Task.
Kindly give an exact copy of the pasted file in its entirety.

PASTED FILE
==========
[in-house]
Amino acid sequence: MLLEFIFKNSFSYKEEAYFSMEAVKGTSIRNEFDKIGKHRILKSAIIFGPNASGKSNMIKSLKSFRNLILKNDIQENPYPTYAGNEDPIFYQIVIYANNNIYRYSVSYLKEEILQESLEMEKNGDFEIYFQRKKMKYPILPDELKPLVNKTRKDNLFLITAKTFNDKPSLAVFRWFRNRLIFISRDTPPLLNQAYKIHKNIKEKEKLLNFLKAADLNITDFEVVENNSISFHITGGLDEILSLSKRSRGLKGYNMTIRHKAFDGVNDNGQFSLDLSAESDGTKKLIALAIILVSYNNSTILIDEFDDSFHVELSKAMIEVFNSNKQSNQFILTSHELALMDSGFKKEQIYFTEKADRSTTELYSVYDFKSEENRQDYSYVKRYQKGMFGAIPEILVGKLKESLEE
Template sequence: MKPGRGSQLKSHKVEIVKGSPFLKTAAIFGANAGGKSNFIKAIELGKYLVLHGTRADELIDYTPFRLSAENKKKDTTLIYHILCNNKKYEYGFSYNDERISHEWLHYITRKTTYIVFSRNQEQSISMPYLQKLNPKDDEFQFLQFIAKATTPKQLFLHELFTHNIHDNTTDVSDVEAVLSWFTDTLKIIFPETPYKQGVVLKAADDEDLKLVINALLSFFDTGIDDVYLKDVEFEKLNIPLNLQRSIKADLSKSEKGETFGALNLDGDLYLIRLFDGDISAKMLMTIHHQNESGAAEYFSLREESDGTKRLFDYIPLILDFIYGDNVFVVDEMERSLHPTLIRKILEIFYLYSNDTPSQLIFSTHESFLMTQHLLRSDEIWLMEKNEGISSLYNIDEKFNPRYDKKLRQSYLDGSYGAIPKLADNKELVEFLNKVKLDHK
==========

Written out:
[in-house]
Amino acid sequence: MLLEFIFKNSFSYKEEAYFSMEAVKGTSIRNEFDKIGKHRILKSAIIFGPNASGKSNMIKSLKSFRNLILKNDIQENPYPTYAGNEDPIFYQIVIYANNNIYRYSVSYLKEEILQESLEMEKNGDFEIYFQRKKMKYPILPDELKPLVNKTRKDNLFLITAKTFNDKPSLAVFRWFRNRLIFISRDTPPLLNQAYKIHKNIKEKEKLLNFLKAADLNITDFEVVENNSISFHITGGLDEILSLSKRSRGLKGYNMTIRHKAFDGVNDNGQFSLDLSAESDGTKKLIALAIILVSYNNSTILIDEFDDSFHVELSKAMIEVFNSNKQSNQFILTSHELALMDSGFKKEQIYFTEKADRSTTELYSVYDFKSEENRQDYSYVKRYQKGMFGAIPEILVGKLKESLEE
Template sequence: MKPGRGSQLKSHKVEIVKGSPFLKTAAIFGANAGGKSNFIKAIELGKYLVLHGTRADELIDYTPFRLSAENKKKDTTLIYHILCNNKKYEYGFSYNDERISHEWLHYITRKTTYIVFSRNQEQSISMPYLQKLNPKDDEFQFLQFIAKATTPKQLFLHELFTHNIHDNTTDVSDVEAVLSWFTDTLKIIFPETPYKQGVVLKAADDEDLKLVINALLSFFDTGIDDVYLKDVEFEKLNIPLNLQRSIKADLSKSEKGETFGALNLDGDLYLIRLFDGDISAKMLMTIHHQNESGAAEYFSLREESDGTKRLFDYIPLILDFIYGDNVFVVDEMERSLHPTLIRKILEIFYLYSNDTPSQLIFSTHESFLMTQHLLRSDEIWLMEKNEGISSLYNIDEKFNPRYDKKLRQSYLDGSYGAIPKLADNKELVEFLNKVKLDHK